with the NAM the slowest of the operational runs....a good 6 hours
slower than the global models. The 09z sref supports the slower NAM.
In regard to timing will use a consensus approach which will move
the front into western sections during Wednesday afternoon and then across
the remainder of the area late Wednesday afternoon/evening. The main
concern with the frontal passage will be the threat for some sort of
qlcs event. All the models show some low end cape upwards of 200
j/kg ahead of the front. Shear/helicity is adequate although not
through the roof but forecast sherb values generally <1. Also...the
upper forcing is not coincident with the front. The upper trough is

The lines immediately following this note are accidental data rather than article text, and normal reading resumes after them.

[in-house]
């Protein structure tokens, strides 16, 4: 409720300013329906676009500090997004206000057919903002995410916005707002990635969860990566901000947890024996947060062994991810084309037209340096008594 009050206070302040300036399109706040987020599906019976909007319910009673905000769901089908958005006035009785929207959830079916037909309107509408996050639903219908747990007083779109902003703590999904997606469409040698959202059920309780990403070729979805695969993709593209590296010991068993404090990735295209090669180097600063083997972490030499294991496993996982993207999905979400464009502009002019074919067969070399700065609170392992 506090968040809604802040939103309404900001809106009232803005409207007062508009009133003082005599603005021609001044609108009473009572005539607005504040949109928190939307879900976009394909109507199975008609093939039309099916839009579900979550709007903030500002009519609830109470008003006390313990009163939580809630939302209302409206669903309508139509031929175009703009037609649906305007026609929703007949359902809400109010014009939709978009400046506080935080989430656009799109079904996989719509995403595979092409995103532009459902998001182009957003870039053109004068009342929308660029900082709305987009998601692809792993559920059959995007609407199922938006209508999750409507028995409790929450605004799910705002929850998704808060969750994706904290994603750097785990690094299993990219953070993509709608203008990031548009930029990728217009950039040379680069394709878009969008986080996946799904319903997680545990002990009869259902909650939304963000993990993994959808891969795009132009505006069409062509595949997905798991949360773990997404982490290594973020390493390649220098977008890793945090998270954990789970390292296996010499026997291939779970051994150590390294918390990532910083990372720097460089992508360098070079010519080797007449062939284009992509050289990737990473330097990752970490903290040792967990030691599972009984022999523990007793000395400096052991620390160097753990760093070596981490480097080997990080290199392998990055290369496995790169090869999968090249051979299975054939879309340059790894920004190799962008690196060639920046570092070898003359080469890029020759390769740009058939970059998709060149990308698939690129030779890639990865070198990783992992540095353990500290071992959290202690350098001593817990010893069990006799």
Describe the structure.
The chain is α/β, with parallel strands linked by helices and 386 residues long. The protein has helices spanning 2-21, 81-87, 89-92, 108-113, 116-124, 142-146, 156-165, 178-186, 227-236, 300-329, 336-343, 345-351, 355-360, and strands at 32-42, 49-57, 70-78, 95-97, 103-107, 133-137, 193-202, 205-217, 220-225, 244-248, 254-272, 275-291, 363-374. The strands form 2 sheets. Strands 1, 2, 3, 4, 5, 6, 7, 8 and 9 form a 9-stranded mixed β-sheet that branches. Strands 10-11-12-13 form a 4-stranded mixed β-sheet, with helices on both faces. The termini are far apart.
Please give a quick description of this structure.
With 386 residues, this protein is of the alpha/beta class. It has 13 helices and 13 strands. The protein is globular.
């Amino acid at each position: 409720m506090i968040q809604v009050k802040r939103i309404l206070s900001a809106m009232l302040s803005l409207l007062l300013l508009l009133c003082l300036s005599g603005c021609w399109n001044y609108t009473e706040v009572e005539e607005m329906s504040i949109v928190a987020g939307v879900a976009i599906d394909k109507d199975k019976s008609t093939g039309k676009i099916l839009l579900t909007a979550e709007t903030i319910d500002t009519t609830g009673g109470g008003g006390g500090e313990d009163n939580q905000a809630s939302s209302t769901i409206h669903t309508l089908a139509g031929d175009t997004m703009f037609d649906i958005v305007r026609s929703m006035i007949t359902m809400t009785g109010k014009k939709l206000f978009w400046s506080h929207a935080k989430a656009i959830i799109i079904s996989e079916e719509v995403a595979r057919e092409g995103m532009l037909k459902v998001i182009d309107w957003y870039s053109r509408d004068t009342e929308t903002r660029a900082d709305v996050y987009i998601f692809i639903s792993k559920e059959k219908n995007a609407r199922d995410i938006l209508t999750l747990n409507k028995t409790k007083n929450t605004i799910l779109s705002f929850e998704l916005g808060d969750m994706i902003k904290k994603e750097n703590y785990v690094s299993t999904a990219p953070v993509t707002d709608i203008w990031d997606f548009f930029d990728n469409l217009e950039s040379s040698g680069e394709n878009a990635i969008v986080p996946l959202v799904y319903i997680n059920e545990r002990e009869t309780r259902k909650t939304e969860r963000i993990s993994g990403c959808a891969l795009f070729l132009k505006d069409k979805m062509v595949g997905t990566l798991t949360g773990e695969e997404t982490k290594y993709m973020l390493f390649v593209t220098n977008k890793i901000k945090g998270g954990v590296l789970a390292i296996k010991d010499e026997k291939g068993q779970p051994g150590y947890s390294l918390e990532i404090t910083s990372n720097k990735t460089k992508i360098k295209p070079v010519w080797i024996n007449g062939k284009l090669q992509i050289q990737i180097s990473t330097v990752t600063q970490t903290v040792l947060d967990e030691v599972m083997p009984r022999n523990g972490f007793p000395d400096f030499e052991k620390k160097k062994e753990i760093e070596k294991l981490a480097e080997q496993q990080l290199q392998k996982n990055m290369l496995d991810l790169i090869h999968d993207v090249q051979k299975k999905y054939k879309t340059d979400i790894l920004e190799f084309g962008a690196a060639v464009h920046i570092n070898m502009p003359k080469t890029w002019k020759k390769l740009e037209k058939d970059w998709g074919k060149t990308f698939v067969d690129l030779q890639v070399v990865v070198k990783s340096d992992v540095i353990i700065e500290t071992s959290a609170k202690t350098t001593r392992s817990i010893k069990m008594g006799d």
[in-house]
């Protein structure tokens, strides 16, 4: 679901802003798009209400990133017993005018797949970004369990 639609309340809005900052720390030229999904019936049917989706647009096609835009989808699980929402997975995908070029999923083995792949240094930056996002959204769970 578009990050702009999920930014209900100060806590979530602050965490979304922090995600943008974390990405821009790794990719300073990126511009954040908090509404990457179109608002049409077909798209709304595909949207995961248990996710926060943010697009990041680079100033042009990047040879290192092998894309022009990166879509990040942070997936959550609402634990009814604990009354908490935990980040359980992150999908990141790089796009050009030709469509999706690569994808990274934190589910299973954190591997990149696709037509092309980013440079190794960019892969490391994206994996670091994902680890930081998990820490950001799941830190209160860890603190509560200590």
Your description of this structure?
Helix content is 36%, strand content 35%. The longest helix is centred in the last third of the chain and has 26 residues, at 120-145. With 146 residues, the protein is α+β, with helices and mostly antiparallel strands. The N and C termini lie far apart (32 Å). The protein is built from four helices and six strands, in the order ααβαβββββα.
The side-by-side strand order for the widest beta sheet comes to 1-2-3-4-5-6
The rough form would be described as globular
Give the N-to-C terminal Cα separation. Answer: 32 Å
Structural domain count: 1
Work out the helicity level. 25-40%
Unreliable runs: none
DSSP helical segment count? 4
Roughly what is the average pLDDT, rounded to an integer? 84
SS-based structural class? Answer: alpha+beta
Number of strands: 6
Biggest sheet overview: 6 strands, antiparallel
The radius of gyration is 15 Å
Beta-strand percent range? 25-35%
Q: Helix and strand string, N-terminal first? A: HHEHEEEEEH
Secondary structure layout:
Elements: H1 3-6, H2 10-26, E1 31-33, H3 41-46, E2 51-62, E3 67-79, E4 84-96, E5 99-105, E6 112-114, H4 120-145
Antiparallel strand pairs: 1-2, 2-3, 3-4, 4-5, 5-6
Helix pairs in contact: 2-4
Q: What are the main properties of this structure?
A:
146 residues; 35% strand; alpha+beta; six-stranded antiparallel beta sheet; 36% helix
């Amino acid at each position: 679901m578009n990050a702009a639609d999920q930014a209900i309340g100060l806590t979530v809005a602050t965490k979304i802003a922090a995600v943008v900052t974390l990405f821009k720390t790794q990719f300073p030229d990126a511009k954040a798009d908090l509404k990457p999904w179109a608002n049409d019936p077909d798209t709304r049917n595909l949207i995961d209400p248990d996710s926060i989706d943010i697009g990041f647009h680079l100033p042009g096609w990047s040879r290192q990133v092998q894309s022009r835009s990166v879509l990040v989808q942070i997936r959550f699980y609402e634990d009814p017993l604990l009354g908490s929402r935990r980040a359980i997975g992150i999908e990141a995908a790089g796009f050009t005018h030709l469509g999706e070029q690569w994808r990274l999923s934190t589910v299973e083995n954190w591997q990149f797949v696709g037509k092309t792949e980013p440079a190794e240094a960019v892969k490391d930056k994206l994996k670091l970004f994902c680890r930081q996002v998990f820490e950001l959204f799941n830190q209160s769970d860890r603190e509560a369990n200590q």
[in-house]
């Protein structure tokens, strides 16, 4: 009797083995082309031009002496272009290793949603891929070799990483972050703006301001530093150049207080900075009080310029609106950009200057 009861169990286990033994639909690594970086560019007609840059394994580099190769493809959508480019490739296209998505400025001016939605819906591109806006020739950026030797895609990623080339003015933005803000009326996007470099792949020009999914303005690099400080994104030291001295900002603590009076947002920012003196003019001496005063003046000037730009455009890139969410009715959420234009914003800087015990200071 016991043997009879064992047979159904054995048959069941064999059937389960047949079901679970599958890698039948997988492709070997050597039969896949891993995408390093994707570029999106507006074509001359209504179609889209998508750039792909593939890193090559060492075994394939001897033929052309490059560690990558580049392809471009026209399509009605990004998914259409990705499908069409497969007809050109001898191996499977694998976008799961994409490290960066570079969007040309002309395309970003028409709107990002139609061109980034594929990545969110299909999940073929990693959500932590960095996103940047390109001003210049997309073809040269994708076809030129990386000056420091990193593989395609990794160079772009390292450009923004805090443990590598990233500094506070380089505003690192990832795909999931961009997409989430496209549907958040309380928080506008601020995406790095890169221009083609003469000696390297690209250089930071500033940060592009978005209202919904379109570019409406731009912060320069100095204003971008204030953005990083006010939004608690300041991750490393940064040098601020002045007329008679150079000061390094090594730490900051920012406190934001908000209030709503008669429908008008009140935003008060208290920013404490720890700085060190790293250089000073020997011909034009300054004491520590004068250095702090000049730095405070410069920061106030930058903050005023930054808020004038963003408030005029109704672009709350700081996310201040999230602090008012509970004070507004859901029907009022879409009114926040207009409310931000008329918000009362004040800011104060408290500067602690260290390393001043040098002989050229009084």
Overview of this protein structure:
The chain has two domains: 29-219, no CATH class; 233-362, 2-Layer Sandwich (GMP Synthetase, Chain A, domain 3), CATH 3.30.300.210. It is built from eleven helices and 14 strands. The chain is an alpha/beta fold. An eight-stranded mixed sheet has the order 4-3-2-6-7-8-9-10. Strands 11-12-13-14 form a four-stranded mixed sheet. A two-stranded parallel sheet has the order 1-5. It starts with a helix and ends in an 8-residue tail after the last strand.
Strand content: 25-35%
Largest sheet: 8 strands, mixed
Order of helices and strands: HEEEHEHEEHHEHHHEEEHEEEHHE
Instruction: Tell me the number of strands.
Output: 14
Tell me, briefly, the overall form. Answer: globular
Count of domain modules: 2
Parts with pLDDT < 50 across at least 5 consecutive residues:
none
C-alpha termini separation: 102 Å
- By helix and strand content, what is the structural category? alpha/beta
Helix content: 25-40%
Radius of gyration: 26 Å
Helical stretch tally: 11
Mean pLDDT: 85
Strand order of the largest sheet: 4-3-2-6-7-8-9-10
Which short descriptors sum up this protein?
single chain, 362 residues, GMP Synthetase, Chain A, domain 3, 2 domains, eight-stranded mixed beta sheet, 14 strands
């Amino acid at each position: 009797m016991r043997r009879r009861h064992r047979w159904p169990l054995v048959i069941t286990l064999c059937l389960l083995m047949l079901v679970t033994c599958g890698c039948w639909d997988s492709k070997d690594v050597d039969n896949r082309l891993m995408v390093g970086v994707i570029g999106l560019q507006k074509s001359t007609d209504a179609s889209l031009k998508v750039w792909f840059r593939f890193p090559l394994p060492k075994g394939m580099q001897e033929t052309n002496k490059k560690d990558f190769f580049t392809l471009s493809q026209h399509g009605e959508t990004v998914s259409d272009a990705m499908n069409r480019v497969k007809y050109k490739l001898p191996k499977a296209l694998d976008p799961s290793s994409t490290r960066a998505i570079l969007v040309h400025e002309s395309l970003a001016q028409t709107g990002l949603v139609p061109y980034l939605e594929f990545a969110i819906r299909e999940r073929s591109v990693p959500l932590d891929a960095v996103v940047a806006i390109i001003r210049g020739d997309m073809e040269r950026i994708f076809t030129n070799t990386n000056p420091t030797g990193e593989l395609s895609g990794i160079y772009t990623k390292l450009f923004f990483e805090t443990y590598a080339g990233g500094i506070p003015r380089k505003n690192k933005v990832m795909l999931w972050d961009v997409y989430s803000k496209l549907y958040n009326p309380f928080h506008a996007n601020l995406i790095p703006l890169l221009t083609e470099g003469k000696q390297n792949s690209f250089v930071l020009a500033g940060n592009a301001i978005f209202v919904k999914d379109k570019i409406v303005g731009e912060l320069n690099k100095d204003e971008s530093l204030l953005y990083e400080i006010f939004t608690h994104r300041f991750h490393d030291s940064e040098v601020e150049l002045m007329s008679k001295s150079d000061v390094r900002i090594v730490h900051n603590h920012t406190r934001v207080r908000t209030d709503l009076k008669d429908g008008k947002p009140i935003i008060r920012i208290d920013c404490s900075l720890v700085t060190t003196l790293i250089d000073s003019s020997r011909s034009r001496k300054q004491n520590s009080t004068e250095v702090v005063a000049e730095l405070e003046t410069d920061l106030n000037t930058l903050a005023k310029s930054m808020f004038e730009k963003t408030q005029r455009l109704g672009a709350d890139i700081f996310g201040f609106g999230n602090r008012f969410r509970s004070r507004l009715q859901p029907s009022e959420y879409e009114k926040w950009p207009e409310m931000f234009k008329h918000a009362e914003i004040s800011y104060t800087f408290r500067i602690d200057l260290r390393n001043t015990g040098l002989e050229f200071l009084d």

forecast to trail the surface front with the main upper forcing
going well north of the region. Hence...chances for severe
convection appear on the low end. The cips analog does give make ME
pause as it paints a 30% area of top analogs producing at least 1
severe event across the piedmonts of NE Georgia...SC and NC. Storm Prediction Center keeps
the mention of severe east of the area...so bottom line is that we
will not not mention the threat of severe in the severe weather potential statement. Dryer air and
downsloping winds will finally scour clouds out east of the
mountains Wednesday night with perhaps a period of some northwest flow snow/rain
showers early Christmas in the mountains.
In regard to Hydro...I have hefty quantitative precipitation forecast in my forecast grids with
storm total rainfall around 2.5 inches over NE Georgia...western upstate
and the western Escarpment. However...antecedent conditions are
benign so do not anticipate any significant Hydro concerns.
Temperatures will be a challenge as a non-diurnal trend will occur
Tuesday night where The Wedge erodes. This would most likely be across